How accurately does the science in Blade Runner reflect the current understanding of genetics?
Most of Philip K Dick's works aren't hard Sci-Fi in the least. Philip K Dick usually focused on philosophical problems like identity and the nature of reality, rather than on technical details.
I've read "Do Androids Dream of Electric Sheep", and there is little mention of genetics in the novel. Keep in mind that the novel and the movie only share a few common scenes, characters, and plot threads.
The movie itself doesn't go into any great detail about how the androids are constructed. We are told that the creators of the 'fake' lifeforms can leave their signature on the scales of a pet snake.
Also in the novel and movie is the suggestion that the creators could write fake memories into a new life form, but there isn't much scientific talk in either about how this is possible.
From the Roy/Tyrell conversation:
Tyrell: [Tyrell explains to Roy why he can't extend his lifespan] The facts of life... to make an alteration in the evolvement of an organic life system is fatal. A coding sequence cannot be revised once it's been established.
Batty: Why not?
Tyrell: Because by the second day of incubation, any cells that have undergone reversion mutation give rise to revertant colonies, like rats leaving a sinking ship; then the ship... sinks.
Batty: What about EMS-3 recombination?
Tyrell: We've already tried it - ethyl, methane, sulfinate as an alkylating agent and potent mutagen; it created a virus so lethal the subject was dead before it even left the table.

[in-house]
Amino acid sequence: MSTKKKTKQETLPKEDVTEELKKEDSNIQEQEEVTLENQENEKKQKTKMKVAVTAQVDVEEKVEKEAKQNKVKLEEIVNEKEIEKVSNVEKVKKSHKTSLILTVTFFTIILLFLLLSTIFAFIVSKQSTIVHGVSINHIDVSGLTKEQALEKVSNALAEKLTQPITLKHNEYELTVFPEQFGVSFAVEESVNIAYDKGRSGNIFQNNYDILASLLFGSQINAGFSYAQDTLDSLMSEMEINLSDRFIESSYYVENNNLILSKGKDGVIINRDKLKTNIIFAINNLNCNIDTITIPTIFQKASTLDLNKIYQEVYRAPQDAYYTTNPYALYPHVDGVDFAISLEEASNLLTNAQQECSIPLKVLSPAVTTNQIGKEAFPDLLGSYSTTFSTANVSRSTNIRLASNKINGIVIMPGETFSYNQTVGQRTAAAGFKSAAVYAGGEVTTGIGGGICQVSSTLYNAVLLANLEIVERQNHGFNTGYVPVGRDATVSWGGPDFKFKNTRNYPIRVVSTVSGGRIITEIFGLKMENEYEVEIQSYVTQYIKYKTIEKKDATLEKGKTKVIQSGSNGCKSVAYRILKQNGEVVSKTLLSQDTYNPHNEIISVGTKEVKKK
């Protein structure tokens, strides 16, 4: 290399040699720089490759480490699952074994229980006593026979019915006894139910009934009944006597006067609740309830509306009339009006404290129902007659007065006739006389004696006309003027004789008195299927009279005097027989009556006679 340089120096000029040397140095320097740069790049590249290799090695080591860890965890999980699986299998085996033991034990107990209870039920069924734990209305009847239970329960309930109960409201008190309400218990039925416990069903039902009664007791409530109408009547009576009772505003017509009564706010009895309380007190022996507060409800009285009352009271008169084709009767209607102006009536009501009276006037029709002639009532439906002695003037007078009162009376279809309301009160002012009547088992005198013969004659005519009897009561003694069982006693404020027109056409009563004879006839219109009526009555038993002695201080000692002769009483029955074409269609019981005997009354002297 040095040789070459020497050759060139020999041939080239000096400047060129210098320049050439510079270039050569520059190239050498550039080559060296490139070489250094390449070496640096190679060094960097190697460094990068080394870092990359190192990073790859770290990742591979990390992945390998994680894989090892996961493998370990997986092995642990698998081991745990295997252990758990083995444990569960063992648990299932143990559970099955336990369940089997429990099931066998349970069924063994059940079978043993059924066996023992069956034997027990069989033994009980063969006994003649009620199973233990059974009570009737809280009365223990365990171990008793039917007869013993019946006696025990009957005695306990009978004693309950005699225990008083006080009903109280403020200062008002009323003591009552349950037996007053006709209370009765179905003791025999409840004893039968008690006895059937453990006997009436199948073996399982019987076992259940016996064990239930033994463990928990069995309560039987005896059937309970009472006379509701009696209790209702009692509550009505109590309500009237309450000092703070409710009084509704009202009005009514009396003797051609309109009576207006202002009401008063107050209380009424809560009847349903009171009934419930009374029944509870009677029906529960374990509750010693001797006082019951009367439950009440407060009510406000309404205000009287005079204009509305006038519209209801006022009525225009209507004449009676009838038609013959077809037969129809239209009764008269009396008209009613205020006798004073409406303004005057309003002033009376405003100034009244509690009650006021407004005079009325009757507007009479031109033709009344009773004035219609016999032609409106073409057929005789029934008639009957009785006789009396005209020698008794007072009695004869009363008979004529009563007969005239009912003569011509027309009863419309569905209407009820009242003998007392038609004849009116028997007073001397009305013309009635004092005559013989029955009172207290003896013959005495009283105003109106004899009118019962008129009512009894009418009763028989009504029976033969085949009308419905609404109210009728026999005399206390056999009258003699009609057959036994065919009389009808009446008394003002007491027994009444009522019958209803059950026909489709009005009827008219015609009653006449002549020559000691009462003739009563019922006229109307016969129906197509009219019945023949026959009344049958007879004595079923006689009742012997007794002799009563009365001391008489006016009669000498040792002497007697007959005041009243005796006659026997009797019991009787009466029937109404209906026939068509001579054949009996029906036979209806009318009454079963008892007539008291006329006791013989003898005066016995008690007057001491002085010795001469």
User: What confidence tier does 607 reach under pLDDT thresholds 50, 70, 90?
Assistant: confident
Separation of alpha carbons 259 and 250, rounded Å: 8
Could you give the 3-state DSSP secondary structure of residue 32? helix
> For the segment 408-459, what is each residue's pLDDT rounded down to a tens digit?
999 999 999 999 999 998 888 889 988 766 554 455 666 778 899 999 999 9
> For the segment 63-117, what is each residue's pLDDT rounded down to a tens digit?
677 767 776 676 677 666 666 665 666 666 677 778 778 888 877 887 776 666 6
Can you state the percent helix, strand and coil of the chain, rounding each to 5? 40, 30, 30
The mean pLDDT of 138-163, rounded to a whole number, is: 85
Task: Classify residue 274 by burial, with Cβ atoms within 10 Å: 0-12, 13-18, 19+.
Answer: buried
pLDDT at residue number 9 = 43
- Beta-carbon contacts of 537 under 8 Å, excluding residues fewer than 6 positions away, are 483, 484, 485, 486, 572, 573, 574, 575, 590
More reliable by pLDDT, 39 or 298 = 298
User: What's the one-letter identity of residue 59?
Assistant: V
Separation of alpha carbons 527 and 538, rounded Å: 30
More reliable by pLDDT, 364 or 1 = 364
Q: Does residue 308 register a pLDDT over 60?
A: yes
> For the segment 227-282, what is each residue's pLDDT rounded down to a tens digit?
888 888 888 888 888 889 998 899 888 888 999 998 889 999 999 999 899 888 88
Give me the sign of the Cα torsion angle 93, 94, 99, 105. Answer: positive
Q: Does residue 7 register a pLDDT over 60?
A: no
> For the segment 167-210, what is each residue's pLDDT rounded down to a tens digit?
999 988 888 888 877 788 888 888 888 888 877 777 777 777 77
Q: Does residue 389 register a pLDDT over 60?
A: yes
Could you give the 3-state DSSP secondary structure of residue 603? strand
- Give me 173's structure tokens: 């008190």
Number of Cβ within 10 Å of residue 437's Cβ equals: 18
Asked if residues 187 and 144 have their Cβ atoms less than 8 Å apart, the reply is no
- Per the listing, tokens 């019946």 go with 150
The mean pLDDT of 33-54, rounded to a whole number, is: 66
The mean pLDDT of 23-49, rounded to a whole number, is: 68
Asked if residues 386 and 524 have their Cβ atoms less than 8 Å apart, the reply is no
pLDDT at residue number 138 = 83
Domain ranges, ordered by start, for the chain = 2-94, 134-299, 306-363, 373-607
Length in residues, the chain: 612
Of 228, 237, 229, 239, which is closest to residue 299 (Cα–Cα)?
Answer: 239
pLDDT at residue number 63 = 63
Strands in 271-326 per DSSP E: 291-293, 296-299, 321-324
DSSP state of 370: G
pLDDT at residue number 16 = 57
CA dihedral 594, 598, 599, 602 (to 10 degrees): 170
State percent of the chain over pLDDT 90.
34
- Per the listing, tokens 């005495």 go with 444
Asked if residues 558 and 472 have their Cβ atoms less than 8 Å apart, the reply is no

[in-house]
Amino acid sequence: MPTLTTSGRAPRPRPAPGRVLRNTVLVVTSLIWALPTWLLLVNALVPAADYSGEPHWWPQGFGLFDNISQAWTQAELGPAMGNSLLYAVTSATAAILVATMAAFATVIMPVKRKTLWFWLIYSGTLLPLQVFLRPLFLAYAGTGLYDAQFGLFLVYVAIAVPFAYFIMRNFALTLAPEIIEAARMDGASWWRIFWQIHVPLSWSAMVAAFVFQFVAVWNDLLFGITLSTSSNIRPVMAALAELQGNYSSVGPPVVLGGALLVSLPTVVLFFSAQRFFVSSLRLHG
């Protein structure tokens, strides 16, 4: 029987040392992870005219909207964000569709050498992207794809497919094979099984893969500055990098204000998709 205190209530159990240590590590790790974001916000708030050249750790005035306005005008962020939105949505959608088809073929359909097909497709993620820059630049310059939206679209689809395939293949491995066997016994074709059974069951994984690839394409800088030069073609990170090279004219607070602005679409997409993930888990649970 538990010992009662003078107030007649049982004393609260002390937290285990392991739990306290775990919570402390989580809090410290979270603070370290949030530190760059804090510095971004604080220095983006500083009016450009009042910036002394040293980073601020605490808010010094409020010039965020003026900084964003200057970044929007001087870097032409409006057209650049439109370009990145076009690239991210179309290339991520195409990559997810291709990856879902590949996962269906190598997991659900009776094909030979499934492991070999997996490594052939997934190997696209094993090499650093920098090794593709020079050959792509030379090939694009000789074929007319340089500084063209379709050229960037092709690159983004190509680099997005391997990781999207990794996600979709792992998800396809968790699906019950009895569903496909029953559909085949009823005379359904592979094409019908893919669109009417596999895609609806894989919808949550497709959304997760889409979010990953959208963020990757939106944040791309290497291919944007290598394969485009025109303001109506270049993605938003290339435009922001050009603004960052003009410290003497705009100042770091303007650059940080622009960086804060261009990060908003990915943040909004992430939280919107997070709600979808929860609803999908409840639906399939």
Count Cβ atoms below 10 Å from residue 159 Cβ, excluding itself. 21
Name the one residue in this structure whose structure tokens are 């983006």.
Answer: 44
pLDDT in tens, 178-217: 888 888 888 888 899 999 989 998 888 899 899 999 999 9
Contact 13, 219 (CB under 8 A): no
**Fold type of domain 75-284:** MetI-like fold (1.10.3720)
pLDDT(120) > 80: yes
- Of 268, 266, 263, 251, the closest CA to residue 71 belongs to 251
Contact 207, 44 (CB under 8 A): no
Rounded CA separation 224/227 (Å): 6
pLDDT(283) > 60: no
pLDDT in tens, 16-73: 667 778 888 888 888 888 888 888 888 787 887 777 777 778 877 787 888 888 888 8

Batty: Then a repressor protein, that would block the operating cells.
Tyrell: Wouldn't obstruct replication; but it does give rise to an error in replication, so that the newly formed DNA strand carries with it a mutation - and you've got a virus again... but this, all of this is academic. You were made as well as we could make you.
Batty: But not to last.
Tyrell: The light that burns twice as bright burns for half as long - and you have burned so very, very brightly, Roy. Look at you: you're the Prodigal Son; you're quite a prize!
Batty: I've done... questionable things.
Tyrell: Also extraordinary things; revel in your time.
Batty: Nothing the God of biomechanics wouldn't let you into heaven for.
30 years and several revolutions in genetics and genomics have passed since then. I believe that the line "A coding sequence cannot be revised once it's been established" has been proven false since then. But in other ways we've gotten closer, although we're at this point trying to understand things, not so much not modifying them, and that's the deepest they get into the science of it.
Not at all. Dick was an idea guy and a people guy, not a science guy.
Dick wasn't concerned with the hard science behind his concepts. They just seem to exist and we suspend disbelief to focus on the philosophy and people. In the book, they are called androids which is probably not appropriate if they are completely organic, so Dick did make a mistake there. Similar to James Cameron's calling Terminators cyborgs instead of androids. A mistake which Cameron has acknowledged without fuss.
Most of Dick's SF was Earthbound, even if it was established that space travel was a regular part of their future. But Dick just didn't care about the technical details. If he did, he probably would have been much less prolific given the time it takes to research that sort of thing.